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After the Bell: The 2024 elections and the dangers of SA’s new era of fragmentation

After the Bell: The 2024 elections and the dangers of SA’s new era of fragmentation

The result of the elections is of course uncertain, but one thing the polls do show very definitively is that the number of significant political parties will increase. From being a ‘one-horse race with some interest from the also-rans’, SA is about to join an international trend towards a much more fragmented system.

On Wednesday, SA will enter a new era. That sounds dramatic, but the truth is that this new era will be very like the old era. The sun will rise on Thursday, the moon will set and the ANC will in effect still be in power. Some things will change. Many won’t. 

From my perspective, in what I call the radical centre, I can tell you now that judging by the election campaign, many things that should change won’t and many things that shouldn’t change will. But overall, the broad trajectory of SA will stay on its disappointing, not-terrible-but-not-great, mundane path. 

But just because not much will change doesn’t mean we should be oblivious to the things that will and try to understand their consequences. One thing that will certainly change is that SA will join the world in one important respect: the trend in developing countries towards fragmentation. 

The economics research group Capital Economics last week released an interesting report about SA, in which this subject is a feature. The result of the elections is of course uncertain, but one thing the polls do show very definitively is that the number of significant political parties will increase. From being a “one-horse race with some interest from the also-rans”, SA is about to join an international trend towards a much more fragmented system. 

Capital Economics compares SA with 14 other middle- to high-income democracies and quasi-democracies around the world, noting that according to its definition of “effective number of parties”, SA is likely to move from around the middle of the group towards the high end. Only Brazil, Colombia and Thailand have more parties by this measure.

That assessment is influenced by the sudden emergence of the MK party, which has been the outstanding consequence of this election, and the likelihood that the ANC will slip below 50% of the total vote. 

So, what are the consequences of an increase in fragmentation? Unsurprisingly, they are not good. The two countries internationally which exemplify this tendency are Brazil, which has always been pretty fragmented, and Chile which has become more fragmented recently. 

Capital Economics concludes that a higher degree of political-party fragmentation has tended to be associated with larger structural budget deficits. In addition, it notes that research from the IMF suggests that fragmented party systems result in worse fiscal dynamics.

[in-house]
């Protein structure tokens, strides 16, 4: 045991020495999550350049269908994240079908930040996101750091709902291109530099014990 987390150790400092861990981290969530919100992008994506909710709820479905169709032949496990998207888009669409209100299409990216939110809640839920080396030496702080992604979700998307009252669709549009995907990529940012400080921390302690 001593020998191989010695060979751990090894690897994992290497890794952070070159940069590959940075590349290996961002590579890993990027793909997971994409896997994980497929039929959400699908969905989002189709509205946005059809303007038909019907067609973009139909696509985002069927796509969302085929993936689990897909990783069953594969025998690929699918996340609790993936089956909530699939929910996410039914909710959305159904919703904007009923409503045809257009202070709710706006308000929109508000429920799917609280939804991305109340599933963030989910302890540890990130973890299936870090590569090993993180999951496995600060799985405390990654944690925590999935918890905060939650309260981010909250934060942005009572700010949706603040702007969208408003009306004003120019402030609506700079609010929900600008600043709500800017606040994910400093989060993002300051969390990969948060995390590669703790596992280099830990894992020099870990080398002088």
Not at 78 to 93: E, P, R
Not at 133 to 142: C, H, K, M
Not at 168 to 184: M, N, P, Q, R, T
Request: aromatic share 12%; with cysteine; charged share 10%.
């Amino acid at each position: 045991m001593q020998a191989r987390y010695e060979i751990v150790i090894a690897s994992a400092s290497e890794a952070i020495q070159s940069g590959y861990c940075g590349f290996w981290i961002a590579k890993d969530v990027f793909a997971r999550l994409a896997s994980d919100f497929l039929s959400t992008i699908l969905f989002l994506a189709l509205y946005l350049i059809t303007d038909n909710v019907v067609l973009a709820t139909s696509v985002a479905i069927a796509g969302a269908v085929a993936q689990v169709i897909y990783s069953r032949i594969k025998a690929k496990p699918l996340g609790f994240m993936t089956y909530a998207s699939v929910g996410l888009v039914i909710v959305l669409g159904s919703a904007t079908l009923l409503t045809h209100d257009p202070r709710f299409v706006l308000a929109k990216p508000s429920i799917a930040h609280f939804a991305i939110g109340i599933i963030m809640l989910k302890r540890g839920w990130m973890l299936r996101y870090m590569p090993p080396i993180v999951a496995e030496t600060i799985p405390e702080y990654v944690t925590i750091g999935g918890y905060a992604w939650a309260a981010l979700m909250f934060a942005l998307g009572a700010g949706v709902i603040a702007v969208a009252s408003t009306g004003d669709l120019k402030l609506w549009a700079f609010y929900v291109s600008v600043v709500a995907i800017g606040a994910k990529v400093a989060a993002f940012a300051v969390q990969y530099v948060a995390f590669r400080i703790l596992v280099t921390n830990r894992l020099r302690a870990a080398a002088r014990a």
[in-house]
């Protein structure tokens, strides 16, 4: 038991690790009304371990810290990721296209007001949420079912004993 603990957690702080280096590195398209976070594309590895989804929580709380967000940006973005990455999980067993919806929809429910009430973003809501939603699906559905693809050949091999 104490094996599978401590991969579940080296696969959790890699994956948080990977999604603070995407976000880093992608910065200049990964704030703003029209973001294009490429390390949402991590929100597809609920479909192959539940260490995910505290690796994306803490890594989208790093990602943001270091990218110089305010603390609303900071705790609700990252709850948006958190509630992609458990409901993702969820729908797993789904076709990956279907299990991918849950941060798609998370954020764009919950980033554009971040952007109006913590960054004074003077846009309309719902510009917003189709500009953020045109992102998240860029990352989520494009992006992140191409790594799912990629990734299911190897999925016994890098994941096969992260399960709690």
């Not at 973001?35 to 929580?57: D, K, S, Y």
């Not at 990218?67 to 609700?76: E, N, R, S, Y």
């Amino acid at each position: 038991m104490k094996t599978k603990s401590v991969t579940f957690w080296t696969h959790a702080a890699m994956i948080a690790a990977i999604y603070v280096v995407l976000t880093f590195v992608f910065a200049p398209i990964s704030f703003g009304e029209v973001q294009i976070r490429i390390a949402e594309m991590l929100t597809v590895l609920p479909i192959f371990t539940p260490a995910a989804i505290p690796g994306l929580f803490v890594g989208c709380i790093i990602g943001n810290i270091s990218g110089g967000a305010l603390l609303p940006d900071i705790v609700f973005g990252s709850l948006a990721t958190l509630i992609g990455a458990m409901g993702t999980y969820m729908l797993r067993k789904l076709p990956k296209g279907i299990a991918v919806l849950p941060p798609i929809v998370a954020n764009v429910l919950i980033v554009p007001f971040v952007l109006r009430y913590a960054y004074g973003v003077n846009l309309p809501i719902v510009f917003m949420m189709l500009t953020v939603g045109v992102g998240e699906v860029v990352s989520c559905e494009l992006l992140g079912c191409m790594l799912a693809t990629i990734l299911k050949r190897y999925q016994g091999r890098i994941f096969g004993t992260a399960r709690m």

This conclusion is bolstered by SA’s own experience with fragmentation, which has been very visible in city governments, although it must be said, the experience has been uneven. Ekurhuleni had a stable coalition government from 2016 to 2021. But after 2021 the coalition disintegrated and there has been a gradual deterioration in the delivery of public services. In this respect, Ekurhuleni has joined other unstable, fragmented city governments, like Johannesburg, which have also seen public services decline. 

Why is it that more fragmentation often leads to worse fiscal dynamics? According to the report, one explanation is that it is likely to become harder to pass difficult or unpopular policy measures. “In the political science jargon, there will be more ‘veto players’; parties that can veto policies by threatening to withdraw from the governing coalition.” 

What that means in SA is that although there is a good chance that GDP growth will pick up, it will remain constrained between 1% to 1.5%. It also means that SA’s public debt ratio will continue to rise because more fragmentation means a decreased ability to maintain the fiscal balance. And that’s assuming the ANC wants to achieve this goal, since its decision to support the NHI and a basic income grant indicates that such a commitment is loose. 

Just how bad this performance is can be graphically illustrated by looking at a comparison of SA’s growth rates with those of other emerging market economies around the world, in which SA comes … you guessed it … last.  

It’s incredible to recall, but GDP growth during the Ramaphosa presidency has been just 0.3%. Even the Zuma presidency saw larger growth rates, averaging 1.9%, though that was miles off the 4%-6% recorded during the 2000s and early 2010s. Of course, Ramaphosa had to deal with the Covid-19 crisis, but so did all the other emerging market economies around the world listed below. 

The result has been higher levels of unemployment, with an unemployment rate above 30% for all of the past 25 quarters. When Statistician-General Risenga Maluleke released the results of the General Household Survey for 2023, he noted that social grant beneficiaries had climbed from 13% in 2002 to almost 40% in 2023. He also noted that more people had access to water and sanitation, housing, electricity and media than before. But in answer to the question, “Are you happier than you were 10 years ago?”, only 24.4% of households answered that they were happier, while 40.4% said they were less happy. 

This all goes to show that government handouts are not an automatic generator of support; they are a blandishment at best. Band-Aids don’t solve problems; they just stop things from getting worse. Healing requires more than that. DM

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